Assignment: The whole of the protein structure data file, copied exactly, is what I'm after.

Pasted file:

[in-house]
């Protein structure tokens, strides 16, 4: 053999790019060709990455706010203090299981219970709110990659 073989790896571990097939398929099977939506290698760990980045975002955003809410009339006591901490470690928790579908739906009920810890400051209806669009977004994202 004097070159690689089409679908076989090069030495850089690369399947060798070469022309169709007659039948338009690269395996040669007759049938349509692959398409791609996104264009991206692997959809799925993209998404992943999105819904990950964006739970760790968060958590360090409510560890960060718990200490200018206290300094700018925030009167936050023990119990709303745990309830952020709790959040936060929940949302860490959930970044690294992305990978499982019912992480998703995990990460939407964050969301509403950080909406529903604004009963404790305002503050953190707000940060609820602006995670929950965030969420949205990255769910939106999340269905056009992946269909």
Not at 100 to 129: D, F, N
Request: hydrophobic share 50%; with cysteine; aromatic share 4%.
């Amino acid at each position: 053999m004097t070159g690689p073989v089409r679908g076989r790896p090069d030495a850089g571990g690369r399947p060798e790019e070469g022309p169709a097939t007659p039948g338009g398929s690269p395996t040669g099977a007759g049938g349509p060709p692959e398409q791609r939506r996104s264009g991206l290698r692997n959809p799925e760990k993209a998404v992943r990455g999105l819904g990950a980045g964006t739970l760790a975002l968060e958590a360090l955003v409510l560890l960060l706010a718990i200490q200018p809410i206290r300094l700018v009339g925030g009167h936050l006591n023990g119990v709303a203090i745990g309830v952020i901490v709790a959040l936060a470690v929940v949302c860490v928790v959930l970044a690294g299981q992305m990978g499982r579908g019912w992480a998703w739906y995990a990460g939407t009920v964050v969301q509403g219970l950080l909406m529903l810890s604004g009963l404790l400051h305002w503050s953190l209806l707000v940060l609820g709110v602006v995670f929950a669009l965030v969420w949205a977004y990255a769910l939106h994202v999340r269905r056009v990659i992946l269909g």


[in-house]
């Protein structure tokens, strides 16, 4: 053999790019060709990455706010203090299981219970709110990659 073989790896571990097939398929099977939506290698760990980045975002955003809410009339006591901490470690928790579908739906009920810890400051209806669009977004994202 004097070159690689089409679908076989090069030495850089690369399947060798070469022309169709007659039948338009690269395996040669007759049938349509692959398409791609996104264009991206692997959809799925993209998404992943999105819904990950964006739970760790968060958590360090409510560890960060718990200490200018206290300094700018925030009167936050023990119990709303745990309830952020709790959040936060929940949302860490959930970044690294992305990978499982019912992480998703995990990460939407964050969301509403950080909406529903604004009963404790305002503050953190707000940060609820602006995670929950965030969420949205990255769910939106999340269905056009992946269909």
Not at 100 to 129: D, F, N
Request: hydrophobic share 50%; with cysteine; aromatic share 4%.
């Amino acid at each position: 053999m004097t070159g690689p073989v089409r679908g076989r790896p090069d030495a850089g571990g690369r399947p060798e790019e070469g022309p169709a097939t007659p039948g338009g398929s690269p395996t040669g099977a007759g049938g349509p060709p692959e398409q791609r939506r996104s264009g991206l290698r692997n959809p799925e760990k993209a998404v992943r990455g999105l819904g990950a980045g964006t739970l760790a975002l968060e958590a360090l955003v409510l560890l960060l706010a718990i200490q200018p809410i206290r300094l700018v009339g925030g009167h936050l006591n023990g119990v709303a203090i745990g309830v952020i901490v709790a959040l936060a470690v929940v949302c860490v928790v959930l970044a690294g299981q992305m990978g499982r579908g019912w992480a998703w739906y995990a990460g939407t009920v964050v969301q509403g219970l950080l909406m529903l810890s604004g009963l404790l400051h305002w503050s953190l209806l707000v940060l609820g709110v602006v995670f929950a669009l965030v969420w949205a977004y990255a769910l939106h994202v999340r269905r056009v990659i992946l269909g």